Phil Chapman chatted with members of the Citizens for Judicial Integrity Tuesday before the press conference.
Signs put up by the “Citizens for Judicial Integrity” can be found throughout Madison County.
The Citizens for Judicial Integrity had extra yard signs available to anyone interested, Tuesday, before their press conference started.
Highland resident Phil Chapman cited Madison County’s “lawsuit explosion” in his push to drive four judges from their seats in in November.
Chapman, 60, held a press conference Tuesday outside the Madison County Courthouse with about 20 supporters from his organization “The Citizens for Judicial Integrity.”
Tuesday’s press conference followed the Illinois Chamber of Commerce’s endorsement of Chapman’s group last week, when Chamber President Doug Whitley said the Citizens for Judicial Integrity has “an uphill push,” due to the group’s small budget. Though the group lacks funding, it is not short on enthusiasm, according to Whitley.
The group seeks to unseat Circuit Judges Ann Callis, Barbara Crowder, Dave Hylla and John Knight.
“Due to recent revelations and scandal about campaign fund raising, we believe voters should not retain Callis, Crowder, Hylla and Knight in the November election,” Chapman said.
Chapman told about 15 bystanders the court climate is funded by big donations from lawyers, and the current lawsuit explosion hurts the local economy and damages the local healthcare system.
Chapman also discussed what he calls the “Crowder scandal.” Crowder accepted $30,000 in campaign donations from lawyers at three area asbestos firms in December 2011. She returned the money following public criticism after assigning those firms 82 percent of the asbestos docket for 2013.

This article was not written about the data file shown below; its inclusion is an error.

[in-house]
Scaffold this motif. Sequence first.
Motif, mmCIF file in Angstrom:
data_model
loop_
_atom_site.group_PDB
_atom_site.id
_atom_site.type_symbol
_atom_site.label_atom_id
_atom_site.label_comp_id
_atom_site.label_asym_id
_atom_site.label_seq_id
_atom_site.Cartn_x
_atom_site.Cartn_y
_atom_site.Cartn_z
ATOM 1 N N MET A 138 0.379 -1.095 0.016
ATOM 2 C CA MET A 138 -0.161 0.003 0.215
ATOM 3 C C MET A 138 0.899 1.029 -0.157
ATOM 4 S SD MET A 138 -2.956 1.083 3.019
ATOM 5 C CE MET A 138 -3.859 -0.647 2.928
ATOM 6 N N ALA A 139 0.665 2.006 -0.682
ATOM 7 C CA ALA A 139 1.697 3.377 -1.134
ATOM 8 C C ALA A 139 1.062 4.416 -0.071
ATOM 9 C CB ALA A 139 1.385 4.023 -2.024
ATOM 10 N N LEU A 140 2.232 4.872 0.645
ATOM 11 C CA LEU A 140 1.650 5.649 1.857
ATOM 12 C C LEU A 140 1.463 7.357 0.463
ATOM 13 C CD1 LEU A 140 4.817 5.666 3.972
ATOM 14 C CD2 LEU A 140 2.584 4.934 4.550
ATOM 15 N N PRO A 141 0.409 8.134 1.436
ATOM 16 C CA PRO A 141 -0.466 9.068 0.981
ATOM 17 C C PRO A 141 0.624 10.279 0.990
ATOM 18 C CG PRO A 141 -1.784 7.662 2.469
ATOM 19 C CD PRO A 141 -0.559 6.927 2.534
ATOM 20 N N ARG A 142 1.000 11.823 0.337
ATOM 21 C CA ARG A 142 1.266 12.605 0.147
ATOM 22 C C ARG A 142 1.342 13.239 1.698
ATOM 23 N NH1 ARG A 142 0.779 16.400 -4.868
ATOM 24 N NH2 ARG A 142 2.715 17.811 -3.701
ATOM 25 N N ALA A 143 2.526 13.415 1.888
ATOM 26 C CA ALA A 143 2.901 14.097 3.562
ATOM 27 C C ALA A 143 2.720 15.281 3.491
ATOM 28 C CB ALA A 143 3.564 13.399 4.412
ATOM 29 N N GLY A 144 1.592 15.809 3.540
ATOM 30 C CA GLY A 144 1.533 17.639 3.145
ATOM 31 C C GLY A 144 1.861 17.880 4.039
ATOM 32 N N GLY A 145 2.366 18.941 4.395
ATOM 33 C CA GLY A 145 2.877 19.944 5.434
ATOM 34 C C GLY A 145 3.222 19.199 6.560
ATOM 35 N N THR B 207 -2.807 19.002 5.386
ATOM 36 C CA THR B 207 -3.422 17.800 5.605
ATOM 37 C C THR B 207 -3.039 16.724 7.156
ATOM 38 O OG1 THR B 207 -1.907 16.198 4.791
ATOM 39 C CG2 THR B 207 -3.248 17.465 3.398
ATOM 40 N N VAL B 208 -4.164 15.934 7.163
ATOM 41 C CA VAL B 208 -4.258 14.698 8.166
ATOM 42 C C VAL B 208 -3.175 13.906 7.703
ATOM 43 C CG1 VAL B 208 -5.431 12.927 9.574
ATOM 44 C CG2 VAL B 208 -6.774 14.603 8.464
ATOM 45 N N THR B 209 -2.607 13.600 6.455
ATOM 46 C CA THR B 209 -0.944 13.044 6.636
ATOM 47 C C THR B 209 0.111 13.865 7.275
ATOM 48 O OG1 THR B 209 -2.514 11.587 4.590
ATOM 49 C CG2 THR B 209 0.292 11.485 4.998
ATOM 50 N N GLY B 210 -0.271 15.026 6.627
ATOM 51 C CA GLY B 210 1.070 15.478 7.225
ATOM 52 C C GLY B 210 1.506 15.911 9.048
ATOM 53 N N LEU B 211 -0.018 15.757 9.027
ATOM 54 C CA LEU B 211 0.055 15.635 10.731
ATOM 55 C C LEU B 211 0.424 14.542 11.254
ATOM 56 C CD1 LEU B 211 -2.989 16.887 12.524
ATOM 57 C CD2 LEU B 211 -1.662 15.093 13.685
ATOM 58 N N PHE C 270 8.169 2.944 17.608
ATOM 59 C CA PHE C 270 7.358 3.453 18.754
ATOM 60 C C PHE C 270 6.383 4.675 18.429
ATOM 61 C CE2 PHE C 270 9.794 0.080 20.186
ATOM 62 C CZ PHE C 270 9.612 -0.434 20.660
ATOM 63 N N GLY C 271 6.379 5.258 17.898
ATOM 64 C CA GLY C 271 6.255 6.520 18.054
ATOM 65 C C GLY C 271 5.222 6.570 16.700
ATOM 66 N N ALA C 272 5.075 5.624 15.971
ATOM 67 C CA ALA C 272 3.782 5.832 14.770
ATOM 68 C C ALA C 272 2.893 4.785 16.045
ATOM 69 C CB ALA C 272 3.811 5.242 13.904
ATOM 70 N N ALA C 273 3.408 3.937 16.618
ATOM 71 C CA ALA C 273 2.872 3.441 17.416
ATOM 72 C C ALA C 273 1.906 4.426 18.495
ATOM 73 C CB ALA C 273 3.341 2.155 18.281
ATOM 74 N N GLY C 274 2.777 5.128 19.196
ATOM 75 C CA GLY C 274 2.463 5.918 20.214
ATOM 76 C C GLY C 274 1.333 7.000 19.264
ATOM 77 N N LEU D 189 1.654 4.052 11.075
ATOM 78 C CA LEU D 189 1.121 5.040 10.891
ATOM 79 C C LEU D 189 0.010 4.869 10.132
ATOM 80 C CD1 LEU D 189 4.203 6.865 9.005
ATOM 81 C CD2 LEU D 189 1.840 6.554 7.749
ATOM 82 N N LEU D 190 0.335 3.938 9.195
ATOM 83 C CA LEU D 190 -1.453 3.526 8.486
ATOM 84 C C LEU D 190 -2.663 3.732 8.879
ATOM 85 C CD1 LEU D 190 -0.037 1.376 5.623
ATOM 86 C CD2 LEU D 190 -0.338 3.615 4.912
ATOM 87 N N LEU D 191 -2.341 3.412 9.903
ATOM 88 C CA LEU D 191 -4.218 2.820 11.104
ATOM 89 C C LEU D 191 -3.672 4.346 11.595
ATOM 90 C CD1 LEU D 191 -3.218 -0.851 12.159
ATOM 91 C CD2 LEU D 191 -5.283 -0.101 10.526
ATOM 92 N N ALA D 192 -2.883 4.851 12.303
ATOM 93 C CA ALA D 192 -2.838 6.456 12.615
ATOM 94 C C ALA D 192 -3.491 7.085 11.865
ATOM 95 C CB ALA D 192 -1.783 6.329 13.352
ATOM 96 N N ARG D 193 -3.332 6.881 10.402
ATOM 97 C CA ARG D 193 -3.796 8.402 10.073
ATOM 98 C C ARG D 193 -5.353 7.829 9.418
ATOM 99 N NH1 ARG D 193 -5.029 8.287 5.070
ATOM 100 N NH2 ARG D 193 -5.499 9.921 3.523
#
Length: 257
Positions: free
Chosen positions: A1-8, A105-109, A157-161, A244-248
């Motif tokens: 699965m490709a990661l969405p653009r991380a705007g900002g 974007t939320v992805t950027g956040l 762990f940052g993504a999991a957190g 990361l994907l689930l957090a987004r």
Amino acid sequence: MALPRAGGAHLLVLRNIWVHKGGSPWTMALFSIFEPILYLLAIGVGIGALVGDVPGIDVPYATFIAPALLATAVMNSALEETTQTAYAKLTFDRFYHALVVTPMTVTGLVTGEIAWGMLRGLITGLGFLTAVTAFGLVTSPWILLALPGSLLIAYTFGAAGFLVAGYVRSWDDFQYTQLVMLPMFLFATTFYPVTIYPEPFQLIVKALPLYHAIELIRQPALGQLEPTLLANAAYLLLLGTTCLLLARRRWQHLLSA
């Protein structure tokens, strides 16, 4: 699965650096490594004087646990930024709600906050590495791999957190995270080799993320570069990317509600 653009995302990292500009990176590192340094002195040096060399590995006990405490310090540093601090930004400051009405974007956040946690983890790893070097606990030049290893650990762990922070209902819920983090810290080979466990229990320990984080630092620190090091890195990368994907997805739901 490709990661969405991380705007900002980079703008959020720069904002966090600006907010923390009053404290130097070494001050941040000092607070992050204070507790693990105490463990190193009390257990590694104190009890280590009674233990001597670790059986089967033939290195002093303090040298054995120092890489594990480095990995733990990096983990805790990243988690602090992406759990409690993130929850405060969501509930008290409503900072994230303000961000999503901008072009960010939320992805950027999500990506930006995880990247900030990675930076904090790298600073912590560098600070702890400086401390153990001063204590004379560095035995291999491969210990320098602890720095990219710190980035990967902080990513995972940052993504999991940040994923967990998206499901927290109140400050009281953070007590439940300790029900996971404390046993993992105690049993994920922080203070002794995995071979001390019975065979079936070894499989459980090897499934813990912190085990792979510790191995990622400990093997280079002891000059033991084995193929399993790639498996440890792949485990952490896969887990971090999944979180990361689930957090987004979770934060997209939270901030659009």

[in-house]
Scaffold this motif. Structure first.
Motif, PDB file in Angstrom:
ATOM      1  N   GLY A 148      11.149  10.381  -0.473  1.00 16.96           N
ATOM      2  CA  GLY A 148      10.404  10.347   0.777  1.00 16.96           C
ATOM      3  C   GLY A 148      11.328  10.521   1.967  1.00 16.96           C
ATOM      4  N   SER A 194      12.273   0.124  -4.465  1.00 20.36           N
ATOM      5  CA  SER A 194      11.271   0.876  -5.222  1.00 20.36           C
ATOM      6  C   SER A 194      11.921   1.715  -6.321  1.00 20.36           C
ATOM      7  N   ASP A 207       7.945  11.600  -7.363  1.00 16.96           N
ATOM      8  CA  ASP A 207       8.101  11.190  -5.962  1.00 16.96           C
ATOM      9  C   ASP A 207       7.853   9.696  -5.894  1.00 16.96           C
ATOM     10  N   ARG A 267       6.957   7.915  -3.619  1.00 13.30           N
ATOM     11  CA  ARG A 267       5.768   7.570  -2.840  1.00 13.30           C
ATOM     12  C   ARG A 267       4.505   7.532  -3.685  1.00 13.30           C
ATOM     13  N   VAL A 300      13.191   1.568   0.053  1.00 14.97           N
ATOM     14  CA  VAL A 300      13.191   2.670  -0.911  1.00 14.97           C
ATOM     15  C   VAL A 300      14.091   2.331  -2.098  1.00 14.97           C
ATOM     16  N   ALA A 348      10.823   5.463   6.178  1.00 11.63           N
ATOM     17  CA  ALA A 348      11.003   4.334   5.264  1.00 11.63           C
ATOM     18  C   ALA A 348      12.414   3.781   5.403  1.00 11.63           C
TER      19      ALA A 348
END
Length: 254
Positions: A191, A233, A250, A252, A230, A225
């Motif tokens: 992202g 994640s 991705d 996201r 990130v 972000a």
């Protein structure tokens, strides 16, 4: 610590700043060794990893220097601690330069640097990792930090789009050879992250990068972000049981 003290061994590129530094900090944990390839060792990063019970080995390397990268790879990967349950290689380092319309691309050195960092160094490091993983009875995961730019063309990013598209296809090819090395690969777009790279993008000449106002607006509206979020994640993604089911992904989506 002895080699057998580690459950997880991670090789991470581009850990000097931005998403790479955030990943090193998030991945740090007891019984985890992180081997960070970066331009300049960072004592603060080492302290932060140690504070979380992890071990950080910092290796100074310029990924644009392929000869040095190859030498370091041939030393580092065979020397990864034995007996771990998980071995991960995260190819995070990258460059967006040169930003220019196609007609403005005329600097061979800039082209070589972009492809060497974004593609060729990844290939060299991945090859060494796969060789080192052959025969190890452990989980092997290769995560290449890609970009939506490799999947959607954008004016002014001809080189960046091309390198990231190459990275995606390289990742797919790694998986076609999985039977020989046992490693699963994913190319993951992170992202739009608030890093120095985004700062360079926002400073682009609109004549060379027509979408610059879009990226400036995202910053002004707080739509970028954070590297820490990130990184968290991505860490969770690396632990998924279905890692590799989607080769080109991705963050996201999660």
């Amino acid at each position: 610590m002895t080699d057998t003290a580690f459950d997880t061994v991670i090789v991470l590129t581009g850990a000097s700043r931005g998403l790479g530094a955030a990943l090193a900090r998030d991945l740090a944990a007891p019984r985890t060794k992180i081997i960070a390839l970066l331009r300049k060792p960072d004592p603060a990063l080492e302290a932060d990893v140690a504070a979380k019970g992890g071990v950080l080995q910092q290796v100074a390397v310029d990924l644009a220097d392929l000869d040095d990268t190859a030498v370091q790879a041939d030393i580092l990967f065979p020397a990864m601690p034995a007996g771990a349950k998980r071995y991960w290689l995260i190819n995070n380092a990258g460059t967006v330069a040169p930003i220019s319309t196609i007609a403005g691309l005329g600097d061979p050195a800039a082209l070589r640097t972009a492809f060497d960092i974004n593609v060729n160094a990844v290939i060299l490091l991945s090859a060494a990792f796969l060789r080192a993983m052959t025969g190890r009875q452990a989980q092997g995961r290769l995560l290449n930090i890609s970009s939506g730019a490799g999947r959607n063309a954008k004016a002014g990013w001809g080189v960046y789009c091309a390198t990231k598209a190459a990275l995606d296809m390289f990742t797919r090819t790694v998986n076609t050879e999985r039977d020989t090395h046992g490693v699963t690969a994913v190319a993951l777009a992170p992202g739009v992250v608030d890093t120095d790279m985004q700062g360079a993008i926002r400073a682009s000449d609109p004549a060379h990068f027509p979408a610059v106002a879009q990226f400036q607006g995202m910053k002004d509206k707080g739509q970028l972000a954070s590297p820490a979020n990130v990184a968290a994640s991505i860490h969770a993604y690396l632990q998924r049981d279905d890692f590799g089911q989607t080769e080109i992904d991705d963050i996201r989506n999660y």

In response, Crowder said her campaign contributions were legal and reported.
“The important thing for people to decide on in retention is to look at our work as judges in the community,” she said.
She cited her participation in the Family Violence Prevention Council, her work as chair of the Third Judicial Circuit Pro Bono Committee and the four judges’ recent “recommended” ratings by the Illinois State Bar Association.
“My record as a judge is public, just as everything I’ve done,” she explained.
Crowder served as a judge for more than 13 years, was in private practice for 18 years and worked as a public defender.
Hylla was not available for comment when a reporter stopped by his office, and Callis was unavailable for comment.
During the press conference, Chapman was in the center of his supporters, who wore purple tee shirts or carried signs promoting the “No Retention” campaign.
“In 2006, Callis, Crowder, Hylla, and Knight campaigned, championing reform,” Chapman said.
“Each person pays more for insurance just because they live in Madison County,” he said. “Additionally, the judicial climate drives businesses from Madison County, while other businesses will not come here.”
Chapman is a former minister at the United Church of Christ and a U.S. Army Chaplain.